[Cryptography] The EFF 650 CAs lie

Natanael natanael.l at gmail.com
Sun May 3 04:25:25 EDT 2020

Den sön 3 maj 2020 07:40 <jamesd at echeque.com> skrev:

> On 2020-05-01 03:49, Phillip Hallam-Baker wrote:
> > Oh yes and that business of me working for a 'for profit' CA. That has
> not
> > been true for well over a year. At this point it is now the EFF that is
> in
> > a position to profit greatly from the situation they helped create. Lets
> > Encrypt is probably worth in the region of half a billion dollars.
> >
> > Oh! Oh! people shout. But Lets Encrypt is 'not for profit'.
> LetsEncrypt made an excruciatingly painful process dead easy, and put
> control into the hands of those who should have control.
> LetsEncrypt deserves half a billion dollars.  The rest mostly deserve
> jail time.
> How does LetsEncrypt get that from providing a free service?
> The basic problem with certificates is that a very large number of
> entities can cook up a man in the middle certificate.  Have man in the
> middle certificates been observed in the wild?

A handful of instances of compromised certificates and erroneously issued
certificates being used maliciously in the wild has been discovered.

I think a major issue that makes detection hard is that we don't have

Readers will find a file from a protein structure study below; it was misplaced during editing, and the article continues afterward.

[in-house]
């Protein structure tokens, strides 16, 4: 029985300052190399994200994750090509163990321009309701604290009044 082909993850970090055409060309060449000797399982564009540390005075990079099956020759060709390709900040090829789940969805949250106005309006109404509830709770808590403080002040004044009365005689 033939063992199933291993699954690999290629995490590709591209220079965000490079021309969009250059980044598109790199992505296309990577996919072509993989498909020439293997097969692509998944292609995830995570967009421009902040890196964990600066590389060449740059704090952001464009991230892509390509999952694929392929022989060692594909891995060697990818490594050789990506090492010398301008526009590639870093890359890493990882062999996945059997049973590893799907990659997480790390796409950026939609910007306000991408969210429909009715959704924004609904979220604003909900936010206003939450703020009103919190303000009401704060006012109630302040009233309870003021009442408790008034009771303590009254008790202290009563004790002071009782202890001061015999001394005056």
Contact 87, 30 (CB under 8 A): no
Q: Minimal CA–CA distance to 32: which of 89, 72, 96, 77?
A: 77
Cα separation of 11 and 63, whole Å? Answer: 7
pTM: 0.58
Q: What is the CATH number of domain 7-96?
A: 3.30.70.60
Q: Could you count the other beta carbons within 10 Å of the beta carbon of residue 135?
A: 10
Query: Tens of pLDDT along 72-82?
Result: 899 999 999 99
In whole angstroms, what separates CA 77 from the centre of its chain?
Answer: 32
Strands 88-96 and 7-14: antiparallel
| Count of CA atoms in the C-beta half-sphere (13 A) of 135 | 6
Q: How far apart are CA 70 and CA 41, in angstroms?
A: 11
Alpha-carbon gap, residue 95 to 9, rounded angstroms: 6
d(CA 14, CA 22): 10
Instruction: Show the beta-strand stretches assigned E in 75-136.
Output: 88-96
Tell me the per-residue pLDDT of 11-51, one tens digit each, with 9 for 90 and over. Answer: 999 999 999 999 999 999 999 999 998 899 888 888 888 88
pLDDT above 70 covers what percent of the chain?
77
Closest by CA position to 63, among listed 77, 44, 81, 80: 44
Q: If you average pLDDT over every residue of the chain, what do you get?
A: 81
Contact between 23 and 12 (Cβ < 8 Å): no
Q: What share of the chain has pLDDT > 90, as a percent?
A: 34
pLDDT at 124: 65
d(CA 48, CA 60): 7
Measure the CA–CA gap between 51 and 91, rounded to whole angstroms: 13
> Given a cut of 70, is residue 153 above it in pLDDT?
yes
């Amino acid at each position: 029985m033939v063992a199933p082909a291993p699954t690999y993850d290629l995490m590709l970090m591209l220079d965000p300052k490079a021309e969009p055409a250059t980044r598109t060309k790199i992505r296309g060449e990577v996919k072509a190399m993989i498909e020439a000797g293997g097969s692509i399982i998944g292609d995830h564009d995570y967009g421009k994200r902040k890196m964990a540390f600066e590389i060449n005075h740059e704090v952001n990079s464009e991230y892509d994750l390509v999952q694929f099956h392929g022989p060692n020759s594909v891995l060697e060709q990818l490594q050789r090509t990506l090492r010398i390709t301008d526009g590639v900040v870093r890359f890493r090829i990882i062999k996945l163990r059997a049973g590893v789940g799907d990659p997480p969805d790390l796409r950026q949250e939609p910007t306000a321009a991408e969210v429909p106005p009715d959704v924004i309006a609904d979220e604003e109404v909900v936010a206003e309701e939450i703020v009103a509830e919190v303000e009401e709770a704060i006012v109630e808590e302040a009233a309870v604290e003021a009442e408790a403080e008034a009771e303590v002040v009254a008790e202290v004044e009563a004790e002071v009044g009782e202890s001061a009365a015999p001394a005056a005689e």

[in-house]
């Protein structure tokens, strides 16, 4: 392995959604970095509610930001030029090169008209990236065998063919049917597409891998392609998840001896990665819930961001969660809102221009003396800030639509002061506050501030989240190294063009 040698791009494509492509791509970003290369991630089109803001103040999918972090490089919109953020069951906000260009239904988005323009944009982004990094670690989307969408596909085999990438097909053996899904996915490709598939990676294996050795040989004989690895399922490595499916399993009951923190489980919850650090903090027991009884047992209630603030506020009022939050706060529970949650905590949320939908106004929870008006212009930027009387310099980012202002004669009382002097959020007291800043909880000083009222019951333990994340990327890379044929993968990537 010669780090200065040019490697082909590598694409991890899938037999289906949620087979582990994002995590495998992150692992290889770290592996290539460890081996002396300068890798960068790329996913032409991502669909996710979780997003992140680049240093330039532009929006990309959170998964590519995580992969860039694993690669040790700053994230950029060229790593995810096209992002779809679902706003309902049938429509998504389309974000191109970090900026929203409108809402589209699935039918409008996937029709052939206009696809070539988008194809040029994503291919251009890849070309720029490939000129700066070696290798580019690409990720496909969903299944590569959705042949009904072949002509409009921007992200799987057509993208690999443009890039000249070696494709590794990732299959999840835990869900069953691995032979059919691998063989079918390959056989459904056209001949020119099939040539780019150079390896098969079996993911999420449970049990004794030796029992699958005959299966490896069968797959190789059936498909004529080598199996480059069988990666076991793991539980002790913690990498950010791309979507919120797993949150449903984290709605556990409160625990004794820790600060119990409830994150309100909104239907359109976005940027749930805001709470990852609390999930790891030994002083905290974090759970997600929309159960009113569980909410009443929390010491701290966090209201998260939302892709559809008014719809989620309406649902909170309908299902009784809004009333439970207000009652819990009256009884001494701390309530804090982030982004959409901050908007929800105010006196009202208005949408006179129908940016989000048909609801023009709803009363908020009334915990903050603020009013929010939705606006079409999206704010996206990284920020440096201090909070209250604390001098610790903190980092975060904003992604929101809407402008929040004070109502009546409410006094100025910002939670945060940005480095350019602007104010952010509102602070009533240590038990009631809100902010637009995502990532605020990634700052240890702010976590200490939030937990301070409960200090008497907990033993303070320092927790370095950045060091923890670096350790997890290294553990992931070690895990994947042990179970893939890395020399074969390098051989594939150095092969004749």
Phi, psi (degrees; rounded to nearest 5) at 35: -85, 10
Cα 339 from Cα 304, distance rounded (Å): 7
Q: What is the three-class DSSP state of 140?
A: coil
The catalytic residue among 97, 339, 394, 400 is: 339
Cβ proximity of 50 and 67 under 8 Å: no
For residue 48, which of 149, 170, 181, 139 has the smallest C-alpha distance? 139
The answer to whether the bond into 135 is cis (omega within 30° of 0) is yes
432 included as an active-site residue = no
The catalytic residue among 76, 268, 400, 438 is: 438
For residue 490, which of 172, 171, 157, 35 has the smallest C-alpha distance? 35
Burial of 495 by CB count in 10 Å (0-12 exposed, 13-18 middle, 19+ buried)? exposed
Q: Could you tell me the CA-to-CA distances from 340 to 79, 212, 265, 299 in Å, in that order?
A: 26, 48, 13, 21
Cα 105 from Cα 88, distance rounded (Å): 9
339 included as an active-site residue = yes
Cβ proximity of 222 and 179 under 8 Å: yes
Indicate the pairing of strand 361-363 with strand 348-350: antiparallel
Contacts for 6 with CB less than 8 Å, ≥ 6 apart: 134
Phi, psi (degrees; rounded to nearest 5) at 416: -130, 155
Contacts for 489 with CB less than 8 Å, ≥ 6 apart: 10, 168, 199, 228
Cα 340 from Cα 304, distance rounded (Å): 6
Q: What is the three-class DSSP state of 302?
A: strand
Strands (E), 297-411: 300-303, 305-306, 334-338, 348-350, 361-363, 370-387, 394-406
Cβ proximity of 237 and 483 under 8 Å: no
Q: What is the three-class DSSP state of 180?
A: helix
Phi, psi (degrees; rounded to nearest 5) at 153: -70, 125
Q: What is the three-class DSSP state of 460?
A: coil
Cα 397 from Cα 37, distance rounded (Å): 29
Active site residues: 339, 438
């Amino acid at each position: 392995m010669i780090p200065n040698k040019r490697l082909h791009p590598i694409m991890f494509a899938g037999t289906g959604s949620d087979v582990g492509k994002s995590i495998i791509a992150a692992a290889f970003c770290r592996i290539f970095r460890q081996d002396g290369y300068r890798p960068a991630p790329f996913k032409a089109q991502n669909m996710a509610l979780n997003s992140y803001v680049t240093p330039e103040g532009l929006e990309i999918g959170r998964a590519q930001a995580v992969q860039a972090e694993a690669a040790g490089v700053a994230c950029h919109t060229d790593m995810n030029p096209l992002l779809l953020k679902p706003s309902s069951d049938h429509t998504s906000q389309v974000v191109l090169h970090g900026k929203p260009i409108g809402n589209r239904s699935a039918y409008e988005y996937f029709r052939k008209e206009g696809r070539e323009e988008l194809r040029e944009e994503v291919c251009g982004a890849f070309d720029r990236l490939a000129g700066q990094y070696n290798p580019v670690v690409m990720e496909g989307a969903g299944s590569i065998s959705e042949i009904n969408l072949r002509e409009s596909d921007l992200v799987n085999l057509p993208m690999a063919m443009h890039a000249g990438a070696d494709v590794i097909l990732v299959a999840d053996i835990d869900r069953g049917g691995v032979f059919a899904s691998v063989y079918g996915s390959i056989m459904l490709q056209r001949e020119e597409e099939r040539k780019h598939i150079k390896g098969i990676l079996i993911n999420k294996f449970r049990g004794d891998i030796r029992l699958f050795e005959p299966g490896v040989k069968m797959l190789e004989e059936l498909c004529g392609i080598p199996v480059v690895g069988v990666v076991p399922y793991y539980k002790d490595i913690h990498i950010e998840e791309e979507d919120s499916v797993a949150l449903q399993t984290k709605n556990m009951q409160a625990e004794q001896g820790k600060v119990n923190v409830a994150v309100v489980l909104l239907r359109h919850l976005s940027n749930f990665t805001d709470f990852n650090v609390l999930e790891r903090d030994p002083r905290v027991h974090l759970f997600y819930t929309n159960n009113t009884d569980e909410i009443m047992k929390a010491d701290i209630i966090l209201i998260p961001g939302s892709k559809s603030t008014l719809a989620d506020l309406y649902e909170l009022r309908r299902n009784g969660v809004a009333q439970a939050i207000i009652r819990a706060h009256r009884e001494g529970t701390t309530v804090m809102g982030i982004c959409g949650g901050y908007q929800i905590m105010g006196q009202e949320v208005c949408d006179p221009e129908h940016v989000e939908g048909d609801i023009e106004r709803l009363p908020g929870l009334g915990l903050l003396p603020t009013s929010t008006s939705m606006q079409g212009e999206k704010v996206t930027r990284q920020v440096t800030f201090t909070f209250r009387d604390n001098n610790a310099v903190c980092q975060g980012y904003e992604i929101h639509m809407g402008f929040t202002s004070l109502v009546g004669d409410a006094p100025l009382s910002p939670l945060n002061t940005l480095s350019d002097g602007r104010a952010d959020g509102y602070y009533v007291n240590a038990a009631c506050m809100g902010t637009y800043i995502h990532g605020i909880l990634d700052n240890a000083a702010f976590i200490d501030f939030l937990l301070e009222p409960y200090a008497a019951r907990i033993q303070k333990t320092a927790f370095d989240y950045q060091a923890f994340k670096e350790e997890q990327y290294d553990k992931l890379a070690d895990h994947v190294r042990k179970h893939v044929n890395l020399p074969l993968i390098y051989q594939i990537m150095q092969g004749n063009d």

reliable means of tracking worldwide certificate use. Who exactly will
realize that the valid certificate for site X is being used by a server on
the wrong IP? What browser will be logging this and phoning back home about
what servers it saw using which certificates?

As for mistakenly issued certificates, a major part of the issue is that
the issuer often don't log them properly, so we don't see that much either.

These things are most often detected when somebody performs a broad scan
for certificates in use (rarely) or when somebody spots strange behavior in
their networks and tracks down the source of the traffic.

So we don't really know how widespread MITM with bad/stolen certs really

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